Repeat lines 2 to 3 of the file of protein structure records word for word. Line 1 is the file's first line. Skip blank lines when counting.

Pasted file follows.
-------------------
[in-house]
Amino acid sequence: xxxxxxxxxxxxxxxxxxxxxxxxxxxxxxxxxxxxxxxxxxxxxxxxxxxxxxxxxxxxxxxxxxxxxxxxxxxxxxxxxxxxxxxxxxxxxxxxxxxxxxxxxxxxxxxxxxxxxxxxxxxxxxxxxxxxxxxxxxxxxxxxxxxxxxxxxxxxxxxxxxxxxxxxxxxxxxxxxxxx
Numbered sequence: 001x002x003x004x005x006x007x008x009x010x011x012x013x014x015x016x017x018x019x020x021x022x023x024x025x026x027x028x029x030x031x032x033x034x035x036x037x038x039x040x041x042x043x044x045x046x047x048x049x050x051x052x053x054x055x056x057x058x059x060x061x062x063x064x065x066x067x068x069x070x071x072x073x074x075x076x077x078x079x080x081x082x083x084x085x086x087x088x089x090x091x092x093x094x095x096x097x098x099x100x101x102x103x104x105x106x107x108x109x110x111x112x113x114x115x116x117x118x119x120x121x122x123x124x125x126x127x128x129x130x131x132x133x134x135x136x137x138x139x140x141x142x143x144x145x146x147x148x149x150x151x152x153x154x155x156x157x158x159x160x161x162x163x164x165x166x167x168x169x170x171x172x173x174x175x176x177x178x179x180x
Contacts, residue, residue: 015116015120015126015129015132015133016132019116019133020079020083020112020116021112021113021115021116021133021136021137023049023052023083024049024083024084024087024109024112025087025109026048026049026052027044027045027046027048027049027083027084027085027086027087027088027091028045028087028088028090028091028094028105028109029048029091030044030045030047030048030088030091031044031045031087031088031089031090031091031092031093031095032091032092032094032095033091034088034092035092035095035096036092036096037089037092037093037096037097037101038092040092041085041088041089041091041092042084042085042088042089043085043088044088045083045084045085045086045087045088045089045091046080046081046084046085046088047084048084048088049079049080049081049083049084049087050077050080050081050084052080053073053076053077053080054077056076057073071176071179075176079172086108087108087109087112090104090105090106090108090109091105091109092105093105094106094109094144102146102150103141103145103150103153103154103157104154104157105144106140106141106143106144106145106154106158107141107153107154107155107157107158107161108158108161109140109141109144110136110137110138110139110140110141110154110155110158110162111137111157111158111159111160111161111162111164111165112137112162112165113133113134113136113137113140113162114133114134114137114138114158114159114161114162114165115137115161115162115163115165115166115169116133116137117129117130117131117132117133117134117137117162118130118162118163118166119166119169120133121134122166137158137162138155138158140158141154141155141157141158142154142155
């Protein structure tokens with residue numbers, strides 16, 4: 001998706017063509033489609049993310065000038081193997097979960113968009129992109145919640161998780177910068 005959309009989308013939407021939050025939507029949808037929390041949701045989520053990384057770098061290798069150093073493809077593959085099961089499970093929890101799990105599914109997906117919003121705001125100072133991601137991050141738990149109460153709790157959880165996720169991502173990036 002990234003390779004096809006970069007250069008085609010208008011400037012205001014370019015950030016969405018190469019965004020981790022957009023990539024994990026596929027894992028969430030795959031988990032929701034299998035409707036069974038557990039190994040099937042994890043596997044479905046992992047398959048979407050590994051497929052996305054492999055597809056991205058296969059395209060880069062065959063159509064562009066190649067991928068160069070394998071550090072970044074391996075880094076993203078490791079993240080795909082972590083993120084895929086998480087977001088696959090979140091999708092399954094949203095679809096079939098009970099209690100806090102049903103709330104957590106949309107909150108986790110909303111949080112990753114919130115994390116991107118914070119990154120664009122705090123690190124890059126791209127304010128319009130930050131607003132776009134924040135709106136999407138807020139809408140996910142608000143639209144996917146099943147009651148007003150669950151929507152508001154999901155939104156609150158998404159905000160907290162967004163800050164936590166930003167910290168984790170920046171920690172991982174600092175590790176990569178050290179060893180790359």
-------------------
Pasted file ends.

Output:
Amino acid sequence: xxxxxxxxxxxxxxxxxxxxxxxxxxxxxxxxxxxxxxxxxxxxxxxxxxxxxxxxxxxxxxxxxxxxxxxxxxxxxxxxxxxxxxxxxxxxxxxxxxxxxxxxxxxxxxxxxxxxxxxxxxxxxxxxxxxxxxxxxxxxxxxxxxxxxxxxxxxxxxxxxxxxxxxxxxxxxxxxxxxx
Numbered sequence: 001x002x003x004x005x006x007x008x009x010x011x012x013x014x015x016x017x018x019x020x021x022x023x024x025x026x027x028x029x030x031x032x033x034x035x036x037x038x039x040x041x042x043x044x045x046x047x048x049x050x051x052x053x054x055x056x057x058x059x060x061x062x063x064x065x066x067x068x069x070x071x072x073x074x075x076x077x078x079x080x081x082x083x084x085x086x087x088x089x090x091x092x093x094x095x096x097x098x099x100x101x102x103x104x105x106x107x108x109x110x111x112x113x114x115x116x117x118x119x120x121x122x123x124x125x126x127x128x129x130x131x132x133x134x135x136x137x138x139x140x141x142x143x144x145x146x147x148x149x150x151x152x153x154x155x156x157x158x159x160x161x162x163x164x165x166x167x168x169x170x171x172x173x174x175x176x177x178x179x180x